For Immediate Release
Contact: Randi Hoffman, 212.785.0157, ext. 118
NEW YORK, February 10, 2009 - Nurses are deeply concerned about the impending closure of Mary Immaculate Hospital in Jamaica, Queens.
“This hospital cares for those without resources; they do not have a lucrative patient mix,” said Therese Wittner, RN, nursing representative for the New York State Nurses Association, which represents 260 RNs at the facility. “This hospital closing will leave an already shortchanged and underserved community with even fewer healthcare resources and surrounding hospitals will become even more overburdened.”
It was announced today that the New York State Department of Health has given tentative approval to the plan to close the hospital by Feb. 28. Caritas Health Care, the hospital’s owner, filed Chapter 11 bankruptcy in federal court on Feb. 5.
Mary Immaculate has 162 certified beds and offers the community cancer care, critical care, and behavioral health services. Monsignor H. Fitzpatrick Pavilion, an affiliated nursing home, has 115 beds.
On Saturday, Jan. 31, Nurses Association members were among the hundreds who attended a midday rally at the hospital hosted by City Councilman James Gennaro. Queens Borough President Helen Marshall spoke about the low number of hospitals beds available to Queens residents.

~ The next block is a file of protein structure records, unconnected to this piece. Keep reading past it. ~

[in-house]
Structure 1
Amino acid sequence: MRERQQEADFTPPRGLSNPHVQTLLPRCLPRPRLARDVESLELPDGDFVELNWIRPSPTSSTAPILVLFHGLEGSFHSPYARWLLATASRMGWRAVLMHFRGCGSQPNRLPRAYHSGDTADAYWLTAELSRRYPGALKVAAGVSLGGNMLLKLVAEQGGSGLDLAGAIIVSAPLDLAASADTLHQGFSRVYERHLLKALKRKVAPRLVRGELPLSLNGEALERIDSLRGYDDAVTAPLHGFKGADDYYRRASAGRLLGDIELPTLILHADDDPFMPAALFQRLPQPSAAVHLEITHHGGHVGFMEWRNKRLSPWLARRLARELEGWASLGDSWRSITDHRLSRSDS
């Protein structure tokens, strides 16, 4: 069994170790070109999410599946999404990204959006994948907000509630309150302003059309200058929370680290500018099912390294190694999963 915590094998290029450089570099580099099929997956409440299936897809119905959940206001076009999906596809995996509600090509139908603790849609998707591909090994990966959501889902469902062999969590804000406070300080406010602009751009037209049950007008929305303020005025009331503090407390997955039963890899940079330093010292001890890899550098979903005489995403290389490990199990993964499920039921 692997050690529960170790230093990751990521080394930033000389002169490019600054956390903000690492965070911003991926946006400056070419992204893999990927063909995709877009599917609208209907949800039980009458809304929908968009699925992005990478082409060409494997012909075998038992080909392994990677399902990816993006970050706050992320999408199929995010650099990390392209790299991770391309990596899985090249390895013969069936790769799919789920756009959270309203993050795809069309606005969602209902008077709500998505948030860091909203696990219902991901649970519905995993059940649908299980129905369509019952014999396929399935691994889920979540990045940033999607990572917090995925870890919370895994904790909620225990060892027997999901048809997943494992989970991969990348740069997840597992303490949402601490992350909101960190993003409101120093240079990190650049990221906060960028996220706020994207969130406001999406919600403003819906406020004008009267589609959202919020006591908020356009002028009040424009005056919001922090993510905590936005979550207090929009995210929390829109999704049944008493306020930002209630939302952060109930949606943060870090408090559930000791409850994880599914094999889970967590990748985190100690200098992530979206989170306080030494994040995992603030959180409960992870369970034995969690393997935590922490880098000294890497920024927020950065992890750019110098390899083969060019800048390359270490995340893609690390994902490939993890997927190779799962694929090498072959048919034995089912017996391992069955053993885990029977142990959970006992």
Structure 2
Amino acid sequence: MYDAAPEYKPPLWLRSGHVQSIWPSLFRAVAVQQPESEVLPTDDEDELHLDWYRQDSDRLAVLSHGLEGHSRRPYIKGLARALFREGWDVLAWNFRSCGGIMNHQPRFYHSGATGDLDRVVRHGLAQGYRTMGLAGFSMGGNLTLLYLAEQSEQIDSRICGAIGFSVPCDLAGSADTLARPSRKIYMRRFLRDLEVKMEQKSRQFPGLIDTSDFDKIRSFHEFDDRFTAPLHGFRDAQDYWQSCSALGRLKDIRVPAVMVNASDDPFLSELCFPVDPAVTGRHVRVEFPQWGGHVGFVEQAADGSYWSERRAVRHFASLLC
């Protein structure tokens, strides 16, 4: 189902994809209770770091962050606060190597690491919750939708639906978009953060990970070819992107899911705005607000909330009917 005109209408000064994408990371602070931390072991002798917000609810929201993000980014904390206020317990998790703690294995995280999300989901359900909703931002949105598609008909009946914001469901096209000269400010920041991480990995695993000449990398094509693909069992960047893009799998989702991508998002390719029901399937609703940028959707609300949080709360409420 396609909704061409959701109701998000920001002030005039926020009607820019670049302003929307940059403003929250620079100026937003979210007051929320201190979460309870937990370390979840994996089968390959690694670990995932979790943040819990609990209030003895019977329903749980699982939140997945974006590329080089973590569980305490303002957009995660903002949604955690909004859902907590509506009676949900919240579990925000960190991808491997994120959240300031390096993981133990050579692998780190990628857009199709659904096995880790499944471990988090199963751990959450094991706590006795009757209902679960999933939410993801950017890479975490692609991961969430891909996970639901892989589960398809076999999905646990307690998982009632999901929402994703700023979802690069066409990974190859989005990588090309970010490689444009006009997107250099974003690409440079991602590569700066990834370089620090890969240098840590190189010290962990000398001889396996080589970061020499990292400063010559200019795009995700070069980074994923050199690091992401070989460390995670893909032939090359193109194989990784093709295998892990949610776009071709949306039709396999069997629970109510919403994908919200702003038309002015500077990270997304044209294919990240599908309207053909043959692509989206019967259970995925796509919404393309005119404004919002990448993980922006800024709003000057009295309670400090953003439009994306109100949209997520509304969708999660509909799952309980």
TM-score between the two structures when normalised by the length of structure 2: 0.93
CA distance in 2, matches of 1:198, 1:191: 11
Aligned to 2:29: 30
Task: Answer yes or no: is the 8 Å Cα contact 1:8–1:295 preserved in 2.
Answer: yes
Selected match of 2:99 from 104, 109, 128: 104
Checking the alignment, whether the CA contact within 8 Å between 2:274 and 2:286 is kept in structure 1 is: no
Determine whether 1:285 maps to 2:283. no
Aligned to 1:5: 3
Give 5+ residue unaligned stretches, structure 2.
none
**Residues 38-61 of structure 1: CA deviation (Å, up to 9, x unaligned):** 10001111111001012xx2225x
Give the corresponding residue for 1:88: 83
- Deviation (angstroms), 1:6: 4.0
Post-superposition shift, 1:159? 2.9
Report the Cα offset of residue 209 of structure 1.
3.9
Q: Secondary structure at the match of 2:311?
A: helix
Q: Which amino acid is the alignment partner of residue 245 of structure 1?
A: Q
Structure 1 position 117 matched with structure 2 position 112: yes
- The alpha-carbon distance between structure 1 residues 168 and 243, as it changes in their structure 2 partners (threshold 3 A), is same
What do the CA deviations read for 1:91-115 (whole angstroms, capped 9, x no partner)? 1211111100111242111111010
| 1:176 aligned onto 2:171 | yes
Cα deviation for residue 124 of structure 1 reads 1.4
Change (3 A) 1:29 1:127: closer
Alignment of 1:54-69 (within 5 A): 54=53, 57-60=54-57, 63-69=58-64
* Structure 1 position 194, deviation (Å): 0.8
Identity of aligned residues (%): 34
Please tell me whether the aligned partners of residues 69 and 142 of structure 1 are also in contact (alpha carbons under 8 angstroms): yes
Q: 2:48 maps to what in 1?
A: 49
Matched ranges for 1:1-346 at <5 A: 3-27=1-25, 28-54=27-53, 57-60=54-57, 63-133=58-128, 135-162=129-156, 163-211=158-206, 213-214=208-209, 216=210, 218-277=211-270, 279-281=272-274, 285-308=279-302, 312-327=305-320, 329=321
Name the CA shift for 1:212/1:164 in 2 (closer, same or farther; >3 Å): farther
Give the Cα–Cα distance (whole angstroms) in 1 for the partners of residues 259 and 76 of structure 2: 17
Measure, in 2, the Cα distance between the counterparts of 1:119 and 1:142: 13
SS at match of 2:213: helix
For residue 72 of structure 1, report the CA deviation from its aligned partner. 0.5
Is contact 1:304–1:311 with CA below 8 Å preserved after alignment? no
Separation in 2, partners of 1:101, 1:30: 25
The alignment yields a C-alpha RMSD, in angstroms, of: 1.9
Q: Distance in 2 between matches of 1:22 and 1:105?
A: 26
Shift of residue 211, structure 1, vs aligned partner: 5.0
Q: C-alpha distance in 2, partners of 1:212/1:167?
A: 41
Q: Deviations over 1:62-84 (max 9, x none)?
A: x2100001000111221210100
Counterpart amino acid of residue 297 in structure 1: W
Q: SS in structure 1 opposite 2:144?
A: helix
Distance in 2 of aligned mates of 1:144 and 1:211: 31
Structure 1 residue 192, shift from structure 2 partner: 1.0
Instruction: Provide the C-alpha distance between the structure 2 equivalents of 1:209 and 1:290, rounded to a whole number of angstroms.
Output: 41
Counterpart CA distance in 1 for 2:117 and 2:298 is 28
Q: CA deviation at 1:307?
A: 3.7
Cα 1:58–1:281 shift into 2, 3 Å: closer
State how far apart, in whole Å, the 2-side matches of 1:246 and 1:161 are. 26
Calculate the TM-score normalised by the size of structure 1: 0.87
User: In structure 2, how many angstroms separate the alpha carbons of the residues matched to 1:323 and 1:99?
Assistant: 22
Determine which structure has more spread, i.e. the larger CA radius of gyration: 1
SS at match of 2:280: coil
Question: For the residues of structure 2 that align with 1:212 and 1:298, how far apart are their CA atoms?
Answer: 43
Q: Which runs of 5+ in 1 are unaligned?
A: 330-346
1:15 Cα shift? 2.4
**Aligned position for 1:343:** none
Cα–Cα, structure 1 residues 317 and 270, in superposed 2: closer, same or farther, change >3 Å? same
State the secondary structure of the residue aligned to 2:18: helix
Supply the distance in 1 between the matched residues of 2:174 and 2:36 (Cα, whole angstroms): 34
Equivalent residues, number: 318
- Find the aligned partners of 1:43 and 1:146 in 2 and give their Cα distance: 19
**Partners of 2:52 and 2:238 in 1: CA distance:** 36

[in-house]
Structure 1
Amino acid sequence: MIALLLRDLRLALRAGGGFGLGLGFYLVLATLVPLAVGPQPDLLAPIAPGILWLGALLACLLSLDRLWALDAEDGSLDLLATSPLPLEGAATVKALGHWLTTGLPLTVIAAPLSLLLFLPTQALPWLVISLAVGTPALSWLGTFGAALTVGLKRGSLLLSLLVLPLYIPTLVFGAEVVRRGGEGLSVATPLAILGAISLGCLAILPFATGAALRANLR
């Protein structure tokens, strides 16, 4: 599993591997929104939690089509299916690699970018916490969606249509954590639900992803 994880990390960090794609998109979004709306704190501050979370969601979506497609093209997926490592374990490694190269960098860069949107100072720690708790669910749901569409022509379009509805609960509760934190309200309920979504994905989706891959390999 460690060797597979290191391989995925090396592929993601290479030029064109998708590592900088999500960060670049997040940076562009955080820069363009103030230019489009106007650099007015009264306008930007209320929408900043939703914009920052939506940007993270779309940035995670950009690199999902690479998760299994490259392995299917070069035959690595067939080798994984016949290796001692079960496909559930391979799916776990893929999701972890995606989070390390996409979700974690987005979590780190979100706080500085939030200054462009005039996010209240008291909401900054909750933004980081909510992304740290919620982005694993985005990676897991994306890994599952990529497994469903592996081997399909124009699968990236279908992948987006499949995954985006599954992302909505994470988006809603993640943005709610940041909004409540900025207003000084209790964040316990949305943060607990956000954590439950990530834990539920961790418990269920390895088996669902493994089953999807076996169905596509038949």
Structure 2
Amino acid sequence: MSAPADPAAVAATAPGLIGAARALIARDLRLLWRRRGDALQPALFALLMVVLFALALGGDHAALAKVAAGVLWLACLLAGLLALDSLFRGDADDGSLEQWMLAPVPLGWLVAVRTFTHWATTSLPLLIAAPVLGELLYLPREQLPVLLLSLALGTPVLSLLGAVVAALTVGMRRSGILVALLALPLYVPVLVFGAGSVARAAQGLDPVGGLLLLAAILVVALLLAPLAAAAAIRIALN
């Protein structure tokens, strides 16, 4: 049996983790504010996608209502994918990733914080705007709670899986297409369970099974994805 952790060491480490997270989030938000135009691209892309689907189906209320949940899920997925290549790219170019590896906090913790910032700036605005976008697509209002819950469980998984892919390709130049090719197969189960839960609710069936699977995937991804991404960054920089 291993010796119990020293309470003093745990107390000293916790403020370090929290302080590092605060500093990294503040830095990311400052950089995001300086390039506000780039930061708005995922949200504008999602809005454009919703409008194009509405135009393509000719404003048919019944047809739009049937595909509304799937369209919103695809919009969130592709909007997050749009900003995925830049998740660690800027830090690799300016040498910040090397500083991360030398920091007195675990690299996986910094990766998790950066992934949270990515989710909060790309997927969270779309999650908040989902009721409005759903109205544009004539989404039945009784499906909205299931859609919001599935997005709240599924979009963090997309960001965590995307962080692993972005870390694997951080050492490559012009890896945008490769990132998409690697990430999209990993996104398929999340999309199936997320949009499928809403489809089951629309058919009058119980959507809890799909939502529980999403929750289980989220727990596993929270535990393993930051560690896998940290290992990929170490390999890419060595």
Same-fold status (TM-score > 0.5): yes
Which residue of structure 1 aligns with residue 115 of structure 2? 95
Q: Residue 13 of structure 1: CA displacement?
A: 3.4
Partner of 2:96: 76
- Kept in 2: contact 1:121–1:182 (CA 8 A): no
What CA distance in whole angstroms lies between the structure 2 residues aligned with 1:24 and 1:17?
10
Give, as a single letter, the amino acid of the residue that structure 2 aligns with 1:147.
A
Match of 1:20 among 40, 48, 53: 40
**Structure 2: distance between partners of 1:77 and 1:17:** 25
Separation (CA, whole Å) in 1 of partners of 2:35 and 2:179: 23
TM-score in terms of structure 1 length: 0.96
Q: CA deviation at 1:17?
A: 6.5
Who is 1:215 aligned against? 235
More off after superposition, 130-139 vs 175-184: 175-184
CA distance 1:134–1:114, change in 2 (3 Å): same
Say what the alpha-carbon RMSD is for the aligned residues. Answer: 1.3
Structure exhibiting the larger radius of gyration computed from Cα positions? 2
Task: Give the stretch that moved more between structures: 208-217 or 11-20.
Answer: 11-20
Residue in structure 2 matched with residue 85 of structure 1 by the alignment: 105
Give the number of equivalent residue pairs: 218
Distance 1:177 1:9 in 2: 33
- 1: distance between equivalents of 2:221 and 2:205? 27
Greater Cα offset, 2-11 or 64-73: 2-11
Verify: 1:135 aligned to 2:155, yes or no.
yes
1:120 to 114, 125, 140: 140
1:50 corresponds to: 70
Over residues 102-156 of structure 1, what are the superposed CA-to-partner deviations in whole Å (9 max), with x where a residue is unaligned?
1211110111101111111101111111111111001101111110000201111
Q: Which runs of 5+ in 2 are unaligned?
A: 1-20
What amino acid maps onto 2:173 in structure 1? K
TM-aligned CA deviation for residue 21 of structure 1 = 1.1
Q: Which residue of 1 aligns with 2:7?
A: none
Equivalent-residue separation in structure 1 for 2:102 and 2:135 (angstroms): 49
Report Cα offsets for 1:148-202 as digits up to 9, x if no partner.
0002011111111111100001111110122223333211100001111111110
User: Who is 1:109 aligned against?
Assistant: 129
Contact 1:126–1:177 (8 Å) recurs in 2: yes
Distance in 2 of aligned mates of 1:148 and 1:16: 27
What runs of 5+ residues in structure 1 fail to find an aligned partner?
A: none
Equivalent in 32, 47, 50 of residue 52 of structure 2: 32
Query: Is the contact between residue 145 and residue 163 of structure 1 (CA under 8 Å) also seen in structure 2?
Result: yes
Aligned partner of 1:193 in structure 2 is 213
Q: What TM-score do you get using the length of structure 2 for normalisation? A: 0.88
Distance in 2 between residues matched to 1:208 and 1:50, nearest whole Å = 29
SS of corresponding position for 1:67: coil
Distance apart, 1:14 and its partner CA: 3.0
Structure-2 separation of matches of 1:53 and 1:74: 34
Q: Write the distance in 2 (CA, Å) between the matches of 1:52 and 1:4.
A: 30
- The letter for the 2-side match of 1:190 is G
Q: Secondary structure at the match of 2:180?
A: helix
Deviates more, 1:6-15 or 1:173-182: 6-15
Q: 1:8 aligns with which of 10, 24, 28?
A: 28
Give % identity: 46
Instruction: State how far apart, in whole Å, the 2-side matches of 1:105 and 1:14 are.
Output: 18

In 2008, Mary Immaculate totaled over 40,000 emergency room visits and 65,000 outpatient visits, a number not easily absorbed by the area’s surrounding medical facilities.
“Mary Immaculate needs a long-term investment of state and federal funds so that it can restructure and continue to serve this community,” said Wittner. “Reimbursement rates for Medicaid and Medicare are below cost for the services provided. We must keep the pressure on our elected officials to craft a solution now.”
The New York State Nurses Association is the voice for nursing in the Empire State. With more than 36,000 members, it is the state's largest union and professional association for registered nurses. It supports nurses and nursing practice through education, research, legislative advocacy, and collective bargaining.